THE WRENCH TURNS
members! The maintenance subject this month will be about aircraft batteries.
The aircraft battery is a seldom-noticed and somewhat-ignored component of the
machine’s life-giving systems. In past articles, we’ve discussed the aircraft’s
ignition system, and noted that it doesn’t require a battery; the engine runs
just fine with its magnetos creating the electrical pulses necessary to make
the cylinders fire. But because of our increased reliance on electronics and
technology in the cockpit, the battery has become the star of the show in
Our batteries—and in fact all batteries—essentially
are energy-storage modules. In our aircraft, we rely on the battery to store
enough energy, so when we turn the ignition key, there’s enough power to turn
the starter, which turns the propeller and creates that initial spark that
ignites the fuel-air mixture in the cylinders. Once the engine is firing on its
own, the battery provides power to all the aircraft’s electronics, like radios,
glass-panel displays, GPS units and the zillion other things in the aircraft
that run on electricity.
Most think the battery’s job is done once the
engine has started, since the alternator is now engaged by the turning engine
and constantly feeds power to the battery and other electrical components.
While that’s true, the battery still exists to provide emergency power in the
event of an alternator failure. Anyone who has experienced an alternator
failure at night knows the value of a well-charged battery.
Most of us are flying around with lead-acid
batteries. While most electronics have moved to nickel-cadmium, and more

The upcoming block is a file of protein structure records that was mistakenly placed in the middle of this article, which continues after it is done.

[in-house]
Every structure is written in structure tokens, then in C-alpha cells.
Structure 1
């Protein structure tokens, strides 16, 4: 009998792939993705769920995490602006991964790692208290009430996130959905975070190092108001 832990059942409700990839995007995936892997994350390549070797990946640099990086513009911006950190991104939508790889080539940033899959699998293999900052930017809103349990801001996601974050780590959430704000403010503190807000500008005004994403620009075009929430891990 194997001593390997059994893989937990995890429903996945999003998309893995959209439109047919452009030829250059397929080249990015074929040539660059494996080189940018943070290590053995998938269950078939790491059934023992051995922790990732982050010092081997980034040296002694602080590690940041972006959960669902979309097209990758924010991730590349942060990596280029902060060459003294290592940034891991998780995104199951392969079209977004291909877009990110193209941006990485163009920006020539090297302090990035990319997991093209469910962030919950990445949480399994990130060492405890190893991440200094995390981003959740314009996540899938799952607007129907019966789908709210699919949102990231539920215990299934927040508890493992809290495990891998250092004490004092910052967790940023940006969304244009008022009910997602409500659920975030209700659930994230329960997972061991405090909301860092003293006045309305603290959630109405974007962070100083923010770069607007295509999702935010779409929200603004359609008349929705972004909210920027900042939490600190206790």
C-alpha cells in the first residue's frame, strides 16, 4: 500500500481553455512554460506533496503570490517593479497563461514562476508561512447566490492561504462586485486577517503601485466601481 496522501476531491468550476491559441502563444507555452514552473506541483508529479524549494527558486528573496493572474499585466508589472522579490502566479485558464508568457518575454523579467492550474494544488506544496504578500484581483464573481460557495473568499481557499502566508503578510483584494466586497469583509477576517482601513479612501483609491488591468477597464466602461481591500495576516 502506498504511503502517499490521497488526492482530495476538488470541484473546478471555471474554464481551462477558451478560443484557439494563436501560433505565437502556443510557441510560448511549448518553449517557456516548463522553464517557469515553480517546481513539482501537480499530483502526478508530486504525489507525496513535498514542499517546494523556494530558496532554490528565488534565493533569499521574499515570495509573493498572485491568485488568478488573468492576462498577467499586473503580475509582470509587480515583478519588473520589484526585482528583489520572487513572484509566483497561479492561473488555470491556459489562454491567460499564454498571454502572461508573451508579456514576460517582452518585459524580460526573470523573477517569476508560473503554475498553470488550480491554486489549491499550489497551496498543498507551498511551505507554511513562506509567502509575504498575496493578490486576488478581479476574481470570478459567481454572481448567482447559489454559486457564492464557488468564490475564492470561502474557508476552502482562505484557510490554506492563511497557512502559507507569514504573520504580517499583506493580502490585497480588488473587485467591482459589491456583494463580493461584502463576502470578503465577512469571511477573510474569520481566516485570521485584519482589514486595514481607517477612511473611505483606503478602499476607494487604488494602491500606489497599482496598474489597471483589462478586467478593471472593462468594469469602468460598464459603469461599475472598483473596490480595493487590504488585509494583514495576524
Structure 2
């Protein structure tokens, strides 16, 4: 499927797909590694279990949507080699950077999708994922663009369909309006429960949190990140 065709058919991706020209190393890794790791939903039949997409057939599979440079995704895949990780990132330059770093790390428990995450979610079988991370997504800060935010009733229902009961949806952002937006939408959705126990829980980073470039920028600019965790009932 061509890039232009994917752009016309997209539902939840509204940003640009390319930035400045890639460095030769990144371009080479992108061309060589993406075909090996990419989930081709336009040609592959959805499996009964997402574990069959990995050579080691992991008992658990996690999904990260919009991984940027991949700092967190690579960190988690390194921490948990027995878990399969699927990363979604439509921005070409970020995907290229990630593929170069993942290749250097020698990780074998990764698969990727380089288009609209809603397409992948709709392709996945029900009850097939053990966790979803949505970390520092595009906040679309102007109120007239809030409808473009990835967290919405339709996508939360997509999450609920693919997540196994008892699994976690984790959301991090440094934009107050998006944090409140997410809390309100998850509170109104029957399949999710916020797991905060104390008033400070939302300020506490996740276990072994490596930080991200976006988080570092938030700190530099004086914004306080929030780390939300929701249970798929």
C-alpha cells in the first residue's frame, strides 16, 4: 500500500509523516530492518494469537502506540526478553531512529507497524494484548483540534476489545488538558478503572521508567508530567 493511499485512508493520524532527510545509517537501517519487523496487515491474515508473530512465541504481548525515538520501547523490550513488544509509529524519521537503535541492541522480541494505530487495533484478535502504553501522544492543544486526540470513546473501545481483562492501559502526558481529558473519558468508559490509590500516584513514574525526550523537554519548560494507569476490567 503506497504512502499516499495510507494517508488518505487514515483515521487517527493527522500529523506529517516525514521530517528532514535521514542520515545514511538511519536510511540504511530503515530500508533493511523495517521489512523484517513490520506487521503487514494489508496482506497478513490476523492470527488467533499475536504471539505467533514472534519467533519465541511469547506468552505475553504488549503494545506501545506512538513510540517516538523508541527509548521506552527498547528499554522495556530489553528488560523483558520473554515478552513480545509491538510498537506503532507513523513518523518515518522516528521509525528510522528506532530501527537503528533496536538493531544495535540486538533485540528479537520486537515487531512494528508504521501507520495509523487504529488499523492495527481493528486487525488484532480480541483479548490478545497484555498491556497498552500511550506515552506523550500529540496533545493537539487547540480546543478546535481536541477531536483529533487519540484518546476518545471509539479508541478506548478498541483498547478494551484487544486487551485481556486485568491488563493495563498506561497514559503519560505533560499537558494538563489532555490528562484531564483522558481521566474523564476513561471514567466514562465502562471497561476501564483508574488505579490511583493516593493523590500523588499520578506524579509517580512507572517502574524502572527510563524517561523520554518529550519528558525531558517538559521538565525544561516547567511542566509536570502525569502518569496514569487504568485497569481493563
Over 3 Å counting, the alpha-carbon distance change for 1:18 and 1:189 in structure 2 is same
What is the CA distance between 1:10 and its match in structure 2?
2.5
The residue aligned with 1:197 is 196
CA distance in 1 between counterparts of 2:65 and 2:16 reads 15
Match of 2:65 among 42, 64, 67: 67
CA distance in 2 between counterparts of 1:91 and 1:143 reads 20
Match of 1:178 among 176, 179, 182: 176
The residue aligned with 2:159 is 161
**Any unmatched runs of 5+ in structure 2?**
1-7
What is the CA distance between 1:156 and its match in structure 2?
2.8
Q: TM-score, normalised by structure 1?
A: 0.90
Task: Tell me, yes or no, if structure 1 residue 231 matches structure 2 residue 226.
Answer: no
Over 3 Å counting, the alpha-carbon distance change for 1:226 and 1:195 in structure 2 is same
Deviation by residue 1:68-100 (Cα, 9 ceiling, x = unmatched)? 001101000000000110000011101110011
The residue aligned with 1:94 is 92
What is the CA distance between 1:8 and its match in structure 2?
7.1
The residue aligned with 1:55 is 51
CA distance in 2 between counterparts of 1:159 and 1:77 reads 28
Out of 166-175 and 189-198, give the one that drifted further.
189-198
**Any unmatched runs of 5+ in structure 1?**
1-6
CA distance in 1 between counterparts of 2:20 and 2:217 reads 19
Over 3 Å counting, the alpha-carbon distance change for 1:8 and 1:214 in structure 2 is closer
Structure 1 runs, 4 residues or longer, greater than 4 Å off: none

recently, Li-Ion technology, general aviation has stayed with lead acid for a
number of reasons, including ease of maintenance and low cost. Lead-acid
technology is robust, proven, and—like the lowly magneto—reliable. The
technology is simple.
Lead-acid aircraft batteries contain six or 12
“flooded” lead-acid cells connected in a series to make a 12-volt or 24-volt
battery (each cell is nominally rated at 2V). The cells are encased in a
plastic container equipped with electrical terminals (or sometimes a receptacle
for mating to the aircraft). Each cell consists of positive plates made of lead
dioxide and negative plates made of spongy lead (a form of metallic lead). The
“flooded” part refers to the electrolyte that fills each cell, made of sulfuric
acid and water.
The positive and negative plates are separated
by layers of polyethylene to prevent the plates from shorting together.
Electrons flow from the negative plate, out the battery terminal to whatever
electrical component is being powered, then back through the positive plate.
The electrons leaving the negative plate cause an oxidation reaction that
converts the spongy lead into lead sulfate. The gathering of electrons at the
positive plate causes a chemical reaction that converts the lead dioxide into
lead sulfate. The whole process continues until most of each plate is converted
to lead sulfate and the battery is fully discharged.
Meanwhile, the engine is turning the alternator,
which sends an electrical charge back to the battery, keeping it from
discharging completely. During the charging process, current is passed through
the cells in the reverse direction. The reverse current causes a reverse of the
chemical reaction, returning the positive plates to lead dioxide and the
negative plates to spongy lead. When this process is complete, the battery is
Even in the
battery world, the trick is balancing the benefits of the technology with the
cost to aircraft operators. New technologies aren’t as inexpensive as what we
have today, and it remains to be seen where batteries will go in aviation. So,
think about your humble battery next time you look at that ammeter during your
run-up. Consider the work it has to do and what you as a pilot can do to keep
it—and your entire electrical system—happy and functioning.